True Paradox: How Christianity Makes Sense of Our Complex World
by David Skeel – IVP, 2014
Why Christianity? Why follow Christ? Let’s be honest—some of the stuff that we read about in Scripture is perplexing, and some Christian beliefs seem odd to those outside of the faith. In True Paradox, David Skeel seeks to show how Christianity makes sense of our complex world—as per the subtitle. He engages complex issues in our world. He notes that Christianity and complexities are often (wrongly) seen as unable to mix, saying: “Complexity is not an embarrassment for Christianity; it is Christianity’s natural element” (10).
True Paradox is broken down into chapters of “puzzles and paradoxes” in which Skeel seeks to make his point: “Christianity tells us more about each of these paradoxes than you may think” (15). These chapters are: 1) Ideas and Idea Making, 2) Beauty and the Arts, 3) Suffering and Sensation, 4) The Justice Paradox, and 5) Life and Afterlife.
Where does our capacity to formulate ideas come from? Why do we have that mental capacity? What is there beauty? Why do we recognize beauty? Why is there suffering, and why does evil permeate this world? Why does society after society attempt to create a just system? How do all of these things relate to the Christian conception of heaven? Skeel approaches these questions looking at pantheistic and dualistic options, the materialistic option (he defines “materialists” as those who believe the physical/material reality is ultimate reality), and finally the Christian option. Needless to say, he determines that Christianity adequately explains all of these complexities.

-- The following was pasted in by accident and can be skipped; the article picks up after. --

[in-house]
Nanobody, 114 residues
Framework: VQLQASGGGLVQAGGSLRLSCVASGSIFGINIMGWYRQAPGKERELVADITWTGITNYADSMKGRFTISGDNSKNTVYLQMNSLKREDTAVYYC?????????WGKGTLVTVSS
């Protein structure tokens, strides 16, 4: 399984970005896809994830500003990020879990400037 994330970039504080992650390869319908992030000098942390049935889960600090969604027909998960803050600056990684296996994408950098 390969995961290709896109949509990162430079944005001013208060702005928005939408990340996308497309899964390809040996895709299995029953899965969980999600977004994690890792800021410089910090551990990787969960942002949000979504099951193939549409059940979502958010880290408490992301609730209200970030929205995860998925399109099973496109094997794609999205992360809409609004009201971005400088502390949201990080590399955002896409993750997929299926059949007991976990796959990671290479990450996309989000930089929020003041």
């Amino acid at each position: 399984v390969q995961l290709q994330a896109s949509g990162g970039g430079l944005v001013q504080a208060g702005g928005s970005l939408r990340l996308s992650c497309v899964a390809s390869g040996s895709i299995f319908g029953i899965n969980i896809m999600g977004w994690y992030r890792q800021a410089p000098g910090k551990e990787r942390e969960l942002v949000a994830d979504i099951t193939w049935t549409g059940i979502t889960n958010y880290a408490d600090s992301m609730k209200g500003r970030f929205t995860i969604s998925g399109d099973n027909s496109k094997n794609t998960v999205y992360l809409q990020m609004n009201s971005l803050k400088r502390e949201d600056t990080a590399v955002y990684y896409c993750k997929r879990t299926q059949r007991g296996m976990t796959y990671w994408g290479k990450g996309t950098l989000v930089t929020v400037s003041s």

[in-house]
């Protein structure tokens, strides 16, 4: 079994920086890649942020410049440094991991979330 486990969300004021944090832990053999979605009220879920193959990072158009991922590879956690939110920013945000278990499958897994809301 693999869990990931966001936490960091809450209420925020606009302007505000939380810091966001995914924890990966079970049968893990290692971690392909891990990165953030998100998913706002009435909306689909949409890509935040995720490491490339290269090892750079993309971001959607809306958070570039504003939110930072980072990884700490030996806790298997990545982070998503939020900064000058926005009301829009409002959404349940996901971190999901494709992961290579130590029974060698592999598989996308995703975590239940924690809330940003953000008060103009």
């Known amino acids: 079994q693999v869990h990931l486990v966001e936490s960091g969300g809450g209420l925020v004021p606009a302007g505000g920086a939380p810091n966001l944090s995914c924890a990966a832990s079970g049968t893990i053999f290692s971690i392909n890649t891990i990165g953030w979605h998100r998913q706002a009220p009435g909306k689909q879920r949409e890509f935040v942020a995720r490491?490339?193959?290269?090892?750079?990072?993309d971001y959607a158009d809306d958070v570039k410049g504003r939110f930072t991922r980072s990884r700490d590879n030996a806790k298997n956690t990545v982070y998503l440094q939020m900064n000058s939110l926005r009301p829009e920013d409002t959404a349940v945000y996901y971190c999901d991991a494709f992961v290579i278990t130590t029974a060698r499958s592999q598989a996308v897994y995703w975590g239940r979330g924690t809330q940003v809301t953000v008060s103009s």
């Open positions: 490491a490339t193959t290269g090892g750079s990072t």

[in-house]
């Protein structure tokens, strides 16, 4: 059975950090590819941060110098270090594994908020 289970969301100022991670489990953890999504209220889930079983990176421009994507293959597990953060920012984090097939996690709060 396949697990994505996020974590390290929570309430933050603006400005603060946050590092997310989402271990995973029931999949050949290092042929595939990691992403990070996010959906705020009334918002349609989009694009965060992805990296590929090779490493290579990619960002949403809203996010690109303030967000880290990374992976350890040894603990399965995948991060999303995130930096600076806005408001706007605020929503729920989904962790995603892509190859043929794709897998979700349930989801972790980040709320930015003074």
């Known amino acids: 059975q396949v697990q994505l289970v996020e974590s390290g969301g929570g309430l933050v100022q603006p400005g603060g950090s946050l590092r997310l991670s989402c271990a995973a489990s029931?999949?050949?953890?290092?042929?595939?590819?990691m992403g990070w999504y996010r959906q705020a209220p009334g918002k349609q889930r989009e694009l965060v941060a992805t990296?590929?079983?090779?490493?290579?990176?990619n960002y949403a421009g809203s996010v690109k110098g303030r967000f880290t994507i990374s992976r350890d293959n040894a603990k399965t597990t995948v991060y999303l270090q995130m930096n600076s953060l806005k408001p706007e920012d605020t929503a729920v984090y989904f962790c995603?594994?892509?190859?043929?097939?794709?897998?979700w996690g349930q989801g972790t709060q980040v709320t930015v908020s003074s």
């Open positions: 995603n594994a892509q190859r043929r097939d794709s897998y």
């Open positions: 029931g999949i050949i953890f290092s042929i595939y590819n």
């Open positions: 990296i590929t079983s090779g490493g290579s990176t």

I love True Paradox for a couple of reasons. First, Skeel writes well. It is an intelligently written book, and easy to read. Second, it is a fresh take at apologetics. He is basically defending the Christian faith—pointing to why it makes sense—by engaging complexities in our world. He states: “…Christianity’s defenders need to recognize that cosmology alone is not enough to show the truth of Christianity or any other system of thought. If a system of thought is true, it must also explain the character of creation—what it is like” (34).
I do, however, think that True Paradox could have been improved by having a little more engagement with other systems of thought outside of Christianity. Don’t misunderstand me—Skeel does bring ideas from other religions and thought systems into the discussion, but some are looked into very little, and this may be seen as a point of weakness in argumentation by those outside of Christian faith. Beyond that, the chapter on suffering and sensation (ch. 3) was quite short. I see that as unfortunate because this is one of the most recurring arguments against Christianity (i.e. Why would a good God allow evil and suffering?).
I recommend True Paradox for both believers and unbelievers. Skeel doesn’t attack those who do not believe in God and follow Christ. He doesn’t instantly declare that Christianity is the one system of truth that makes sense of the world. He intelligently arrives at that conclusion without jumping to a premature conclusion too early in his argument. I am grateful for Skeel’s writing, and for the truth that it declares in such an intellectual, yet readable, way.
True Paradox: How Christianity Makes Sense of Our Complex World By David Skeel. Downers Grove, IL: InterVarsity Press, 2014. 176 pages. ISBN 978-0-8308-3676-5. $15.00.
*This book was provided free from InterVarsity Press with my promise to post an unbiased review.